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abstract = "Background: Methylmalonic acidemia and intracellular cobalamin metabolism disorders represent a heterogeneous group of inborn errors of metabolism. Most patients will require diagnostic and/or therapeutic procedures frequently requiring sedation or anesthetic management due to neurological and neurocognitive impairments. It has been stated that propofol is contraindicated in this population. We report our experience with propofol administration in a large series of patients. Methods: Twenty eight patients (14 mut, seven cblC, three cblA, three cblB, one cblG) aged 2–35.6 years enrolled in a natural history study (ClinicalTrials.gov identifier: NCT00078078) and required anesthetics for 39 diagnostic or therapeutic procedures. Data were collected on the anesthetic technique, perianesthetic course, and adverse events related to propofol. Results: Propofol was used as the sole induction agent in most cases (36/39) and as the primary maintenance agent in all cases. Infusion rates were 100–400 mcg kg−1 min−1 (mean = 214). Infusion duration was 60–325 min (mean = 158) and total doses ranged between 270–3610 mg (mean = 1217). Adverse events were recorded in two cases; neither appeared to be related to propofol administration. Conclusions: Propofol is an effective, safe induction and maintenance agent for elective short procedures requiring anesthesia in patients with MMA and cobalamin metabolism disorders. Despite multiple comorbidities and propensity toward instability, those affected can receive anesthesia with an acceptable safety profile, if metabolically and hemodynamically stabilized prior to the event. Synopsis: A review of the perianesthetic records of 28 patients with isolated MMA and intracellular cobalamin metabolism disorders suggests that propofol anesthesia can be administered safely to these patients, in the setting of metabolic stability.",
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AU - Baker, Eva H.

AU - Sloan, Jennifer L.

AU - Mannes, Andrew J.

AU - Manoli, Irini

AU - Venditti, Charles P.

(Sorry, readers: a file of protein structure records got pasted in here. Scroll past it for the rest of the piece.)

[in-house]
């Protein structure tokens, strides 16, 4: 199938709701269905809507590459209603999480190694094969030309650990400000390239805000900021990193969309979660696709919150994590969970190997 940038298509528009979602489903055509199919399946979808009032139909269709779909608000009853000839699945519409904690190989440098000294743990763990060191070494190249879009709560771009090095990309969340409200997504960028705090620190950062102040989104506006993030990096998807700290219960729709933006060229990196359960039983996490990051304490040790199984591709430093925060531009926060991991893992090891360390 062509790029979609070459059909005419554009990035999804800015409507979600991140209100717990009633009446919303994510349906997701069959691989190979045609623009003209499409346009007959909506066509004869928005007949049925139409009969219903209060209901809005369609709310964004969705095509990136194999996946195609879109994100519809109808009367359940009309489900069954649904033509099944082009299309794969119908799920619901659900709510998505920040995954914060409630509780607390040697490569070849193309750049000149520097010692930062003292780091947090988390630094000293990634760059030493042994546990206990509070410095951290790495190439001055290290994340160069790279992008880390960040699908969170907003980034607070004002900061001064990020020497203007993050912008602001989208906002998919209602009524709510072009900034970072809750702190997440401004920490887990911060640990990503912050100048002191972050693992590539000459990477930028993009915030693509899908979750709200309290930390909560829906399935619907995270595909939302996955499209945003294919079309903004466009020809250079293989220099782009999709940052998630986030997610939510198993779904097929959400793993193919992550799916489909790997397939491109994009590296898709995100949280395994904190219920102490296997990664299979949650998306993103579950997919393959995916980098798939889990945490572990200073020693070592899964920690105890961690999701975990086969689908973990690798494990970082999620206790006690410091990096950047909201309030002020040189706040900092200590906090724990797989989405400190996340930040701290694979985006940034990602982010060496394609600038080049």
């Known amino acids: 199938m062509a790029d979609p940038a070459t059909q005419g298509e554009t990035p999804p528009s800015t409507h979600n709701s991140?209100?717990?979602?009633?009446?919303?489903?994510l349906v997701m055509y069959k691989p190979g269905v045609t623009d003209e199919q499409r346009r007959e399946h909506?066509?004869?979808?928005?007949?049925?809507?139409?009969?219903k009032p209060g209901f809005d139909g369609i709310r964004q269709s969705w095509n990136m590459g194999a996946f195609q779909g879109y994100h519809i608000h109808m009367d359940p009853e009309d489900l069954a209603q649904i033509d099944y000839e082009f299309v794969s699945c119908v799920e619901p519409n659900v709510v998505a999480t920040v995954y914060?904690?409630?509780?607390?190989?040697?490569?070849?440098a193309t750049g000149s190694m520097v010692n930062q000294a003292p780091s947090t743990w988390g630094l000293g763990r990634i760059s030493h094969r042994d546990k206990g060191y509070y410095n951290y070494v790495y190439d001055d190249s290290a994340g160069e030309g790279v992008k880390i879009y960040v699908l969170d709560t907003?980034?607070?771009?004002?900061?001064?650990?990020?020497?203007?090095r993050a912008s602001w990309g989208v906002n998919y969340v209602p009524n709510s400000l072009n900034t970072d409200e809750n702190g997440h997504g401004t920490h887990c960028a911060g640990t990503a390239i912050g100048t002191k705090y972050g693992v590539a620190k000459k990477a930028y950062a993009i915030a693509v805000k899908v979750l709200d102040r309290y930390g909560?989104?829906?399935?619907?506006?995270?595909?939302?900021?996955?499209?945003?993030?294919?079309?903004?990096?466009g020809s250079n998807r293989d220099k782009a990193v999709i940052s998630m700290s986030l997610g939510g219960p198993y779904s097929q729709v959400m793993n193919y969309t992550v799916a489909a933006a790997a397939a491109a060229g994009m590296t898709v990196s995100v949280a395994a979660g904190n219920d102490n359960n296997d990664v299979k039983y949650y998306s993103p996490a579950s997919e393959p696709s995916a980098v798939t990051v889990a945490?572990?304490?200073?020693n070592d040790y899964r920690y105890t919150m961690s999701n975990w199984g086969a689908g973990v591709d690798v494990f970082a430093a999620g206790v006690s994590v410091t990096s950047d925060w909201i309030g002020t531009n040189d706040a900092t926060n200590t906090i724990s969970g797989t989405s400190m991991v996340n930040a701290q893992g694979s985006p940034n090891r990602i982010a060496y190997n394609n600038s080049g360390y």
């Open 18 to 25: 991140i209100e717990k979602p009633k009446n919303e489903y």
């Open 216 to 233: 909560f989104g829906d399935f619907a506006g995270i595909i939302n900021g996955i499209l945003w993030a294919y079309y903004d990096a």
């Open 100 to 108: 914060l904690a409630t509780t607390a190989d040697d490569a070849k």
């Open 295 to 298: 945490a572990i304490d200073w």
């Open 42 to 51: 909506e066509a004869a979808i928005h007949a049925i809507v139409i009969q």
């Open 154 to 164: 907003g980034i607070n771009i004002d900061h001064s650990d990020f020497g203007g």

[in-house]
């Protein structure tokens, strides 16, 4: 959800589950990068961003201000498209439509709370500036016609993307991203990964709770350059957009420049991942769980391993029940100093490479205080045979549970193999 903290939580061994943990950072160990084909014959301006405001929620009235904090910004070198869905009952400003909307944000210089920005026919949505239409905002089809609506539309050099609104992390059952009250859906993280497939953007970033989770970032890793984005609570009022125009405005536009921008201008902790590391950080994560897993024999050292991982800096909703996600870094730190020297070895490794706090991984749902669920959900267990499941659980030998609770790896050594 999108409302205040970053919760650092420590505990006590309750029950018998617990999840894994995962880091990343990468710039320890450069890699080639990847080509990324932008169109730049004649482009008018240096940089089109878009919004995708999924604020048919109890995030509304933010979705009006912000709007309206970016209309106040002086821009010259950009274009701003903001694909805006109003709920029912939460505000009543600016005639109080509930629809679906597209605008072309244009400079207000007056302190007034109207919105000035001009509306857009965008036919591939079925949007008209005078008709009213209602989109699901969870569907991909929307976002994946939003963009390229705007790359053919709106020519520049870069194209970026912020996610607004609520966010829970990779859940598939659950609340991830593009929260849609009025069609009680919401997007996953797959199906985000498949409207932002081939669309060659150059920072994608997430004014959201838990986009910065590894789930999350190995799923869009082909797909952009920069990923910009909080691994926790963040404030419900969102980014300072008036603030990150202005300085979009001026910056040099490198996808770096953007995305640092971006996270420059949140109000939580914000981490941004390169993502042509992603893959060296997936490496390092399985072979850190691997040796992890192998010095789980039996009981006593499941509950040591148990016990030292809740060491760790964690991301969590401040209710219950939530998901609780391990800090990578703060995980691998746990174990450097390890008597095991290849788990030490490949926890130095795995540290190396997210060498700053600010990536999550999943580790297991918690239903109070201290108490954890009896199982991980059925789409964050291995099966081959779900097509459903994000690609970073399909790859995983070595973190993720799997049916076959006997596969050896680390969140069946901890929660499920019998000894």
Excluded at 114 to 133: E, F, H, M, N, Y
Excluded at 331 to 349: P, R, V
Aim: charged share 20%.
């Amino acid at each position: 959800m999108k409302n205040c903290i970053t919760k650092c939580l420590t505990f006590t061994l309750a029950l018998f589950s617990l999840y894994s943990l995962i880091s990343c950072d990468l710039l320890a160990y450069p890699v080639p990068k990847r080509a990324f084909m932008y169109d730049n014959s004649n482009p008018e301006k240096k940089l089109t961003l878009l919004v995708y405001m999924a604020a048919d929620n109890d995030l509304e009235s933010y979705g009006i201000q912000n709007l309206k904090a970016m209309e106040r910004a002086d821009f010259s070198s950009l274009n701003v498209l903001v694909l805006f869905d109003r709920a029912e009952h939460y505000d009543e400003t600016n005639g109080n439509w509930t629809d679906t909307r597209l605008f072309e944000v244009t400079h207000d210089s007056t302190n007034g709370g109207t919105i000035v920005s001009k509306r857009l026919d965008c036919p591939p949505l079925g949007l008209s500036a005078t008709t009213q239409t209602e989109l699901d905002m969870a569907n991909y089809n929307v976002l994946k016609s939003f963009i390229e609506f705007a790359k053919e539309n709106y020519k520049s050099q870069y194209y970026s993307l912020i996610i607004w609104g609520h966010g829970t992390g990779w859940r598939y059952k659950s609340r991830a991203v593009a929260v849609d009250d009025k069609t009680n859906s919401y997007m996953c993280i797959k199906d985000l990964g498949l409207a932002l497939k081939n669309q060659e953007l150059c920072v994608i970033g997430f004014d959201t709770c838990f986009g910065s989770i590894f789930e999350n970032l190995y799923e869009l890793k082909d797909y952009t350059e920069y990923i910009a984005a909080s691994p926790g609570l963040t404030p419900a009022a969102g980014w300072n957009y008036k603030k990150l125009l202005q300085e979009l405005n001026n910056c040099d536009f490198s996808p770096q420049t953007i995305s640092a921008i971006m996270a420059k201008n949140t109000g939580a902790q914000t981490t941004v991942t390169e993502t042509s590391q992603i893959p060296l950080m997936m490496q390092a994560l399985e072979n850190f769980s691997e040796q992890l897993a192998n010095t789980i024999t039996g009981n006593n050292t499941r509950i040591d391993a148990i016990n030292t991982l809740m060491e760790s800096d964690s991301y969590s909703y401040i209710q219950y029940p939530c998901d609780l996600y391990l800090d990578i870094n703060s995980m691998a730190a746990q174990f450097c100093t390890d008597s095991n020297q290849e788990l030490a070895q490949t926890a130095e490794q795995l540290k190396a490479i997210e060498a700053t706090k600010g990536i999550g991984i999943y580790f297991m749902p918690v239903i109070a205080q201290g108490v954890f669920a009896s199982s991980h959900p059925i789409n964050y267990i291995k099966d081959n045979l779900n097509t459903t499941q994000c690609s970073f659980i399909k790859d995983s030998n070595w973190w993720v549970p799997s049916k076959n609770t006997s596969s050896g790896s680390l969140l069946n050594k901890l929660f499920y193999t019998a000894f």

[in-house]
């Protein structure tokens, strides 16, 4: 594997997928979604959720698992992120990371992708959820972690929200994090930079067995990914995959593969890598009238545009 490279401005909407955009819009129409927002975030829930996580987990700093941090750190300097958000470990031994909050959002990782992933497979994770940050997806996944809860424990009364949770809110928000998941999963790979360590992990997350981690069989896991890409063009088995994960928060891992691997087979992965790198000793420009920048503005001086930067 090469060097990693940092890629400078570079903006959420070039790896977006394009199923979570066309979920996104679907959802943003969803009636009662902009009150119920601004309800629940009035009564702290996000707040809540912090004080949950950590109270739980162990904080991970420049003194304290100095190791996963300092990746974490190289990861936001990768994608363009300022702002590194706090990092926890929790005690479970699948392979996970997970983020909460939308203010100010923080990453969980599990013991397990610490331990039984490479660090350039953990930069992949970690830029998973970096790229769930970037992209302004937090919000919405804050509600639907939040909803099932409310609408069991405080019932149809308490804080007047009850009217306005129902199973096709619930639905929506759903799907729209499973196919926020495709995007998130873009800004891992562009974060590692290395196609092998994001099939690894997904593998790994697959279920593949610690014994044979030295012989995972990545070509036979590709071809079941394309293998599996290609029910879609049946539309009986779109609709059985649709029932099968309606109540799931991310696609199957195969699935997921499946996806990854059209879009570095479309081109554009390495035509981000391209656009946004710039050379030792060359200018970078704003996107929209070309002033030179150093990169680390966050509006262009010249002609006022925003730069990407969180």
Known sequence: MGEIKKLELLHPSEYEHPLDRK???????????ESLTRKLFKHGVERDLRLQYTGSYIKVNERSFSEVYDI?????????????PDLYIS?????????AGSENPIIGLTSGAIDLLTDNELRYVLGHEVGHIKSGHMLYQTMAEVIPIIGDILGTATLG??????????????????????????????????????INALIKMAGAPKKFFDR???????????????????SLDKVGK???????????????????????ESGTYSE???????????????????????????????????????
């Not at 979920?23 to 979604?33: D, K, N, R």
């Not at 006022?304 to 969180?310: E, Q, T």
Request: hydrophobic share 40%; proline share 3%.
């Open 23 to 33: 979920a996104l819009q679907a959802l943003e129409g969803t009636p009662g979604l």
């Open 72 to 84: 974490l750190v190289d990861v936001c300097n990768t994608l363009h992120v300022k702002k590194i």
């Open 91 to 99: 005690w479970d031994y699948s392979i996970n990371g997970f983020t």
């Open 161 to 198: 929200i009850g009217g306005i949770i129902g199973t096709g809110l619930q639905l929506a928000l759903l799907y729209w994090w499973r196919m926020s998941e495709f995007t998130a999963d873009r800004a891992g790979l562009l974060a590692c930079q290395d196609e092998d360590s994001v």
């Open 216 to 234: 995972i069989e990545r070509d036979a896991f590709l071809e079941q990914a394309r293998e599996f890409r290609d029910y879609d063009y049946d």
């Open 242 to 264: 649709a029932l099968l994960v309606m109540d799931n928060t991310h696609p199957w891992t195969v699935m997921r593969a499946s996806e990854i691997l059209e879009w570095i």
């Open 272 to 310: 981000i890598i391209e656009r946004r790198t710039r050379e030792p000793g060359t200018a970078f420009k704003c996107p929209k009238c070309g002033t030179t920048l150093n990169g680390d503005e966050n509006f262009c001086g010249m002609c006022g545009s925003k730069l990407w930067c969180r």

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AB - Background: Methylmalonic acidemia and intracellular cobalamin metabolism disorders represent a heterogeneous group of inborn errors of metabolism. Most patients will require diagnostic and/or therapeutic procedures frequently requiring sedation or anesthetic management due to neurological and neurocognitive impairments. It has been stated that propofol is contraindicated in this population. We report our experience with propofol administration in a large series of patients. Methods: Twenty eight patients (14 mut, seven cblC, three cblA, three cblB, one cblG) aged 2–35.6 years enrolled in a natural history study (ClinicalTrials.gov identifier: NCT00078078) and required anesthetics for 39 diagnostic or therapeutic procedures. Data were collected on the anesthetic technique, perianesthetic course, and adverse events related to propofol. Results: Propofol was used as the sole induction agent in most cases (36/39) and as the primary maintenance agent in all cases. Infusion rates were 100–400 mcg kg−1 min−1 (mean = 214). Infusion duration was 60–325 min (mean = 158) and total doses ranged between 270–3610 mg (mean = 1217). Adverse events were recorded in two cases; neither appeared to be related to propofol administration. Conclusions: Propofol is an effective, safe induction and maintenance agent for elective short procedures requiring anesthesia in patients with MMA and cobalamin metabolism disorders. Despite multiple comorbidities and propensity toward instability, those affected can receive anesthesia with an acceptable safety profile, if metabolically and hemodynamically stabilized prior to the event. Synopsis: A review of the perianesthetic records of 28 patients with isolated MMA and intracellular cobalamin metabolism disorders suggests that propofol anesthesia can be administered safely to these patients, in the setting of metabolic stability.